DPDx Parasite Image Library

e-col-cyst2.jpg (18356 bytes)   Cysts of Entamoeba coli, wet mount in iodine.  Mature cysts typically have 8 nuclei, and measure usually 15 to  25 m (range 10 to 35 m).  The cyst in the figure shows 5 nuclei visible in this focal plane.
DPDx Parasite Image Library

ent-coli-darb.jpg (13882 bytes) Entamoeba coli cyst and trophozoite, haematoxylin stained
Dr Peter Darben, Queensland University of Technology clinical parasitology collection. Used with permission

ent-coli-darb2.jpg (17297 bytes) Entamoeba coli trophozoite, trichrome stained 
Dr Peter Darben, Queensland University of Technology clinical parasitology collection. Used with permission


 

 

e-col-cyst3.jpg (18315 bytes)  Entamoeba coli: Trophozoite, stained in trichrome, showing a characteristically large, eccentric karyosome, and a coarse, vacuolated cytoplasm. The trophozoites of E. coli measure usually 20-25 m, but they can be elongated (as is the case here) and reach 50 m.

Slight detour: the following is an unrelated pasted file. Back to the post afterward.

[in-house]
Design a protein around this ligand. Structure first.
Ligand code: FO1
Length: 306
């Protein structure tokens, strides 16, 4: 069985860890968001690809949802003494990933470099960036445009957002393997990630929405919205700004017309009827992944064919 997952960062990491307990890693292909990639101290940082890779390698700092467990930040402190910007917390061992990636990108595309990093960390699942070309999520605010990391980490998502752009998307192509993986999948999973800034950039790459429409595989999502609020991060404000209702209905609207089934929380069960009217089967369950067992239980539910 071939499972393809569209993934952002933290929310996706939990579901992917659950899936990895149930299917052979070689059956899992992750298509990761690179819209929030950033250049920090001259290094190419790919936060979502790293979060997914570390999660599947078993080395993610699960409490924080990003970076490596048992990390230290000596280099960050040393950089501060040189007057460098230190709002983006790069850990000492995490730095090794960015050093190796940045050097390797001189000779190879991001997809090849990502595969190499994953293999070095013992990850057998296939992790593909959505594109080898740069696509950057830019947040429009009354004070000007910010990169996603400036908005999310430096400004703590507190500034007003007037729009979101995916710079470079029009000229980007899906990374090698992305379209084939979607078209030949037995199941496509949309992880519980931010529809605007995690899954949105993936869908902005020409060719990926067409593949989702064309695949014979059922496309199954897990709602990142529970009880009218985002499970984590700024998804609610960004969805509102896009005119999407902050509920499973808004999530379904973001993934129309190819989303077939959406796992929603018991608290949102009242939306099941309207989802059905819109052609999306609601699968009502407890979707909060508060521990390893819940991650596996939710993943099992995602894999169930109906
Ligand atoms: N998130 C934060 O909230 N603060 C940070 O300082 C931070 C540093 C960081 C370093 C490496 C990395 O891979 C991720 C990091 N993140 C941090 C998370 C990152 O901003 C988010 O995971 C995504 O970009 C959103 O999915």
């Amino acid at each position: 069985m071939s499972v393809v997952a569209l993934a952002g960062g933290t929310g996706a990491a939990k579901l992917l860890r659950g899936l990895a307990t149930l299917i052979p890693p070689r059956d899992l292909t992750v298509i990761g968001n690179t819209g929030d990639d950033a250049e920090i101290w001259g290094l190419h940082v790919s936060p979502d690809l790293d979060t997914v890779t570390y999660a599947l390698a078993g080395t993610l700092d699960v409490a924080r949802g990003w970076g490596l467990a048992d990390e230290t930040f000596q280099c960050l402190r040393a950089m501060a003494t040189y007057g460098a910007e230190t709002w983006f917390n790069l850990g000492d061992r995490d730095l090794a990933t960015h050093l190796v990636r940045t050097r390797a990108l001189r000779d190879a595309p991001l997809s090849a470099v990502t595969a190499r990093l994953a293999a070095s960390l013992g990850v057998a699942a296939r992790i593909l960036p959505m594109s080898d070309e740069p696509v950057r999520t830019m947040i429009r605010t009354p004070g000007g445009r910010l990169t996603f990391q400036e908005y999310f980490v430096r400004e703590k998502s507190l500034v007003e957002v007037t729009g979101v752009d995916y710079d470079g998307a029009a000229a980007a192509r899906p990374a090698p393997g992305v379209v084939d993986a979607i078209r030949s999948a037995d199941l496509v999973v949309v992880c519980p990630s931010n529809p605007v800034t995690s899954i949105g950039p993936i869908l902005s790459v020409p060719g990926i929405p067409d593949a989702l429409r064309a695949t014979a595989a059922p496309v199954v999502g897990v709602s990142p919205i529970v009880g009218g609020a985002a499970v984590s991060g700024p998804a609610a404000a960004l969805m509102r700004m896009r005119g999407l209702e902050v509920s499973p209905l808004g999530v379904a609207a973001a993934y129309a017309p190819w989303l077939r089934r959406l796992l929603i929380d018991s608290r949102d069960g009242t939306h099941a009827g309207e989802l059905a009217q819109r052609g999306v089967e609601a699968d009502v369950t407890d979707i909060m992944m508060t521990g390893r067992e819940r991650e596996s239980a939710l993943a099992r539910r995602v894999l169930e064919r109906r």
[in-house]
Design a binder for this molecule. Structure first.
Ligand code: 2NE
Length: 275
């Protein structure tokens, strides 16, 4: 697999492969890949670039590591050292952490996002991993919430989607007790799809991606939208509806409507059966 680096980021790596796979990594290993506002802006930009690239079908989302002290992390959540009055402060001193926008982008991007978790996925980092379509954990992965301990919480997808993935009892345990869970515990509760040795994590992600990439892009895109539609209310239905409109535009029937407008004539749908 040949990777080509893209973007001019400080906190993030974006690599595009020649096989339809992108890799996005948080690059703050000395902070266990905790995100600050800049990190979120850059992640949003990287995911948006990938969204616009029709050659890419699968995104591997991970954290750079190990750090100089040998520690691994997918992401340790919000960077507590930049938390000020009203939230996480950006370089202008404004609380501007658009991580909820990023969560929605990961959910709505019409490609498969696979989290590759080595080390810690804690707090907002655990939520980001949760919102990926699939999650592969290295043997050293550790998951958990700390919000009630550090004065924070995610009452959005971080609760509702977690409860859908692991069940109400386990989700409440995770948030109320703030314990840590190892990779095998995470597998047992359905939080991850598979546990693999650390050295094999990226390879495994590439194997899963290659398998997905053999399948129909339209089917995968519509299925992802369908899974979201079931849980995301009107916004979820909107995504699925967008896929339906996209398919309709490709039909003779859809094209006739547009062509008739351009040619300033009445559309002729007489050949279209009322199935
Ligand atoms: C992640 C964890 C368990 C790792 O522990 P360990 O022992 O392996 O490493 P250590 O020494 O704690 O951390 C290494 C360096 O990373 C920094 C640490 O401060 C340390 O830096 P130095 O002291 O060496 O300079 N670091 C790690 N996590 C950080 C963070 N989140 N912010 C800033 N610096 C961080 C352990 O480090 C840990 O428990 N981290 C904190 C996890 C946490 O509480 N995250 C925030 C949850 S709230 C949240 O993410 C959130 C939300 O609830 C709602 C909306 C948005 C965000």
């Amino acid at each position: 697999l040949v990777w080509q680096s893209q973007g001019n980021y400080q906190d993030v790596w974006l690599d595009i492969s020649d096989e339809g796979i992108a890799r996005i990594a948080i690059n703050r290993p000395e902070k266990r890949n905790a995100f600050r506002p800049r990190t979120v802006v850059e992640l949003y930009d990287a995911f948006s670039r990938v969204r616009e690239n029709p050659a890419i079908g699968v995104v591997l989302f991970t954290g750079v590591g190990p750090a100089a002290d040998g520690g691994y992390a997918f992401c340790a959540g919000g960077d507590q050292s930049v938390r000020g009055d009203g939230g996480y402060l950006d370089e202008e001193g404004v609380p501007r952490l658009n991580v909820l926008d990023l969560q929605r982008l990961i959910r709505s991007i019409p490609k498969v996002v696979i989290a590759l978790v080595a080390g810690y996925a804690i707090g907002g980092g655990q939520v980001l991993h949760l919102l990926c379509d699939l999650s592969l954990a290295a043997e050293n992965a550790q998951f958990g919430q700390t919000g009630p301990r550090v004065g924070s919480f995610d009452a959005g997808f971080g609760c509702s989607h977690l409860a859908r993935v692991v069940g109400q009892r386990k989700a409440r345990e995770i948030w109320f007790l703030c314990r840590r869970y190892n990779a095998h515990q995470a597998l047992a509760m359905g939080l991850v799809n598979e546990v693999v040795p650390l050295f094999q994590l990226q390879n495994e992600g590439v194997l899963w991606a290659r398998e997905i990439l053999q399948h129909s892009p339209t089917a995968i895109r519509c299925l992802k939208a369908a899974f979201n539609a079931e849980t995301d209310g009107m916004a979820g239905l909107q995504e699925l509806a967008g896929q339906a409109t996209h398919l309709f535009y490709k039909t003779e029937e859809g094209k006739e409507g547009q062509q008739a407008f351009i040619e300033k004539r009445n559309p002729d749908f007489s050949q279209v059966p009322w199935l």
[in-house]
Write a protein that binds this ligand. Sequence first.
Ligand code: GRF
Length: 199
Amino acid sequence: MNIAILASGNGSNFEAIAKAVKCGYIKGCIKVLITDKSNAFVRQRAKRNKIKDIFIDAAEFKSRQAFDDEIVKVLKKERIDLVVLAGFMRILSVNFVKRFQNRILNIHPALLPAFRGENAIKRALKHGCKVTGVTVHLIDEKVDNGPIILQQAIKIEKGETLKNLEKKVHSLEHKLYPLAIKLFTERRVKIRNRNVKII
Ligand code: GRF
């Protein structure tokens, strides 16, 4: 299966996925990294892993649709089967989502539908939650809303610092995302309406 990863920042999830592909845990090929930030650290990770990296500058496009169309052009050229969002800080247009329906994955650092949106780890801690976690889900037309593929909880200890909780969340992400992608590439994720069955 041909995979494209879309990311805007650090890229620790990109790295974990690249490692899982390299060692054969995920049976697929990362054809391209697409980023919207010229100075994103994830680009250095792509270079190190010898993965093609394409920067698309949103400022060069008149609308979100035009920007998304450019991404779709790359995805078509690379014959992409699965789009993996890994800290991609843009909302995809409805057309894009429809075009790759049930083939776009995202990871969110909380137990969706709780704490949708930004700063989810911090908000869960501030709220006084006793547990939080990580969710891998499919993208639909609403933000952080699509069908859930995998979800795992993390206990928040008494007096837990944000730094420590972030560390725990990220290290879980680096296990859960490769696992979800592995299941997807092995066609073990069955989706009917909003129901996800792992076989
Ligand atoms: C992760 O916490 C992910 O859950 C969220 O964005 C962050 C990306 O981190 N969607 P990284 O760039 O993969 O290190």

CDC
DPDx Parasite Image Library

e-hart-3.jpg (10065 bytes)  Entamoeba hartmanni: Cyst, with one nucleus visible at this focal plane; again rather similar to cysts of E. histolytica, but differentiated by their smaller size (5-10 m compared to 10-20 m)
CDC 
DPDx Parasite Image Library

A e-hart-1.jpg (10015 bytes)  B e-hat-2.jpg (12943 bytes)  Entamoeba hartmanni:  A, B: Trophozoites stained in trichrome : the trophozoites of E. hartmanni are rather similar to those of E. histolytica, with a small, often centrally located karyosome, fine peripheral chromatin, and finely granular cytoplasm; the main difference is in their small size:  5-12 m compared to 10-60 m for E. histolytica. Note that in (A) the trophozoite has ingested a yeast, not an erythrocyte. (Ingestion of erythrocytes is pathognomonic of E. histolytica.) CDC  DPDx Parasite Image Library